Desktop UI is too slow to work efficiently

Joplin is a great app and is very suitable for my workflow. But, the more I depended on it, the more I began to notice the slow response of its UI.

For example, I frequently switch notes for viewing and editing. The switching time always takes 1 to 2 sec (sometimes more). It is too long and breaks my concentration and lowers my efficiency. It is often said "1.0 second is about the limit for the user's flow of thought to stay uninterrupted".

I hope Joplin would be as fast as VS Code. Of course, I understand that Joplin has many factors (such as plugins) that prevent it from being faster.

Is this just a problem with my PC? Does anyone else think the same way?

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All my installs are pretty much instant

Same here, it's very fast for me but I only use one plugin.

Same here. Joplin works fluently on my desktop pc.
My enviroment is this:

Version: Joplin 2.6.10
OS: Windows 10 Home Version 21H1
System: Processor: Intel(R) Core(TM) i3-4170 CPU @ 3.70GHz
RAM: 8,00 GB
System type: 64-Bit

Sync status (synced items / total items)

Note: 856/856
Folder: 33/33
Resource: 2828/2828
Tag: 230/230
NoteTag: 2151/2151
Total: 6181/6182

HTH

Used to be slow on my old laptop. Much better now on a new PC.

Examples of my environment are here:

Measurement results: (measured by DevTool Performance Analyzer)

  • (A) "1. Welcome to Joplin" note (2.6k characters): 0.8sec

  • (B) a text-based note (16k characters): 1.6sec

  • Conditions:

    • Switching two notes (A) and (B) in different notebooks.
      • Switching between different notebooks are slower than in the same notebook.
    • Before the measurement, they are displayed several times as warming up.
    • Spell checking: disable

Environment:

  • Joplin version: 2.6.10
  • Plugins:
    • Conflict Resolution, Favoriates, Insert Data, Kanban
    • Markdown Table: Colorize, Markdown Table: Sortable, Math Mode
    • Note Tabs, Note overview, Outline, Persistent Editor Layout
    • Quick Links, Resource Search, Table Formatter, Tempaltes, turnToChart
  • Editor & Layout
    • Markdown Editor and Viewer (Split)
  • OS: Win10 Pro 21H2
  • PC: Core i5-4670 (3.40GHz), 32GB Mem, 4TB SSD

Sync status (synced items / total items):
Note: 1079/1079
Folder: 74/74
Resource: 232/232
Tag: 112/112
NoteTag: 3260/3260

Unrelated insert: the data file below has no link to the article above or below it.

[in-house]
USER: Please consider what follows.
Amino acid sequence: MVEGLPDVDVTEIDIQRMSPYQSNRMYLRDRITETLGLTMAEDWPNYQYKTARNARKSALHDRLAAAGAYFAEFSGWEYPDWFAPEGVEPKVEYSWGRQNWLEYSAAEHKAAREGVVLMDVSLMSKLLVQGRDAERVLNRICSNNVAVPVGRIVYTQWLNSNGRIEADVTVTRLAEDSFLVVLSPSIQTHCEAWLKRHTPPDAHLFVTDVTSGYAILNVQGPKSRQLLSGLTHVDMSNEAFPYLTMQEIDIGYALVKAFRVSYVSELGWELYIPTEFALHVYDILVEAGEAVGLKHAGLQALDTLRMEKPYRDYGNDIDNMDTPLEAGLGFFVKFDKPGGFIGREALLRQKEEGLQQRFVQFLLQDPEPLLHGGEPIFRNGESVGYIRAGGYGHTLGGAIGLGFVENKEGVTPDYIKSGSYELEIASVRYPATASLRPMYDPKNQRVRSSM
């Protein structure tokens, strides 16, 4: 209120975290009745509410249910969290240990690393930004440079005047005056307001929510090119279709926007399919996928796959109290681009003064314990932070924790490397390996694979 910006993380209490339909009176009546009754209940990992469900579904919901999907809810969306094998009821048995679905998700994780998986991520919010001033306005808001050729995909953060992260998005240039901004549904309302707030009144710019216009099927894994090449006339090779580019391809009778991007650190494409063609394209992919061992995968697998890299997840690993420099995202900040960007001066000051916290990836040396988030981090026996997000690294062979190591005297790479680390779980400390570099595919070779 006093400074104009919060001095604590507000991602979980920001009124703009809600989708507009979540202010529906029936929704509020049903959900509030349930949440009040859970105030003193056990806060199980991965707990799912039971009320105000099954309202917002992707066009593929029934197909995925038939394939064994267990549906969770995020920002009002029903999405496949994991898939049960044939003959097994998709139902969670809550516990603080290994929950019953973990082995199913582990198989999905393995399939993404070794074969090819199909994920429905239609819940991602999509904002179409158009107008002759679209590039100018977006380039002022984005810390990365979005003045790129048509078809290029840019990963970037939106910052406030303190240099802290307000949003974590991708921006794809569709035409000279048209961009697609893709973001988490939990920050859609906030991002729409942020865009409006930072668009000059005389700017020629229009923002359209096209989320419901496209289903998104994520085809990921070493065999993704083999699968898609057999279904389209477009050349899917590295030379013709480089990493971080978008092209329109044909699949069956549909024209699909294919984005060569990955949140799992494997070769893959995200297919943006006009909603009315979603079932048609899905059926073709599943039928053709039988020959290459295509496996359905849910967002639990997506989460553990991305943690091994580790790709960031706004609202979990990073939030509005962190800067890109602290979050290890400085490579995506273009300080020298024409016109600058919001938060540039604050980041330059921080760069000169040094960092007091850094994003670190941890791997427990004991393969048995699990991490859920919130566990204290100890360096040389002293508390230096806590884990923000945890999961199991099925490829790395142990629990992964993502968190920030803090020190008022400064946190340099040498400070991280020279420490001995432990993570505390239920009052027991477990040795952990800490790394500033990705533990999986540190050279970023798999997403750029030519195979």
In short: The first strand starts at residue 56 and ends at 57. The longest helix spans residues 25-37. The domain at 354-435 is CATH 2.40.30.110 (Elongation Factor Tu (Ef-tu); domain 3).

Revision: 740/740
Total: 5497/5497

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Low power user here

specs
  • Joplin 2.6.10 (prod, linux)
  • Intel i3 M 370 (4) @ 2.399GHz
  • RAM 8GB
  • SSD 400 mb/s writing

Sync status (synced items / total items)

  • Note: 4791/4791
  • Folder: 150/150
  • Resource: 5207/5207
  • Tag: 21/21
  • NoteTag: 177/177
  • MasterKey: 0/0
  • Revision: 8/8
  • Total: 10354/10354

I do understand what you mean, I used to experience the same 1-2 seconds lag and it was getting old. Especially on the contrast that many other electron applications are much more responsive.

I did some tweaking and it went down to 0.3-0.9 seconds per action. It's not pleasant to see a visible lag but at least it is better than it was before.

Tweaks I did
  • turned off the spell checker in markdown editor
  • Disabled note tabs
    // I think there was something off with outline plugin and backlinks, but I'm no longer sure
    // I also think Persistent Editor Layout adds a few ms when switching a note, but I kept it anyway
  • Moved to flatpack from appimage (doesn't affect performance but starting time went down from 30s+ to just 7s)

I still wouldn't dare to click through 100 notes in a row (happens while searching). But I can do day to day tasks just fine.

3 Likes

Thank you for nice tips.

turned off the spell checker in markdown editor

Oh... The above results are when shell checker is already off.
If it is enabled, things go worse.

  • note (A) 0.8sec -> 2.0sec
  • note (B) 1.6sec -> 2.0sec

Disabled note tabs

I cannot live without Note Tabs...

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I think the problem here is also the tags

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When I saw the issue before, I reviewed relevant codes. Indeed, some codes relevant to tags are inefficient in computational complexity.

If #tags > 1000, it will be a problem. However, if #tags < 100, it seems that it has not so large impact on the performance of note switching.

Of course, the inefficiency of adding/deleting tags is another matter.

Yes there are two problem, adding/deleting of taggs and the processing of notes with tags

@ken1kob, it might be worth disabling all the plugins, and if you find the response has improved to your satisfaction, then to reintroduce the plugins one at a time to see if particular one/s cause slow down?

Thank you, @johano.

I checked and found the following are the top 3.

  • Spell Checking
  • Note Tabs plugin
  • Outline plugin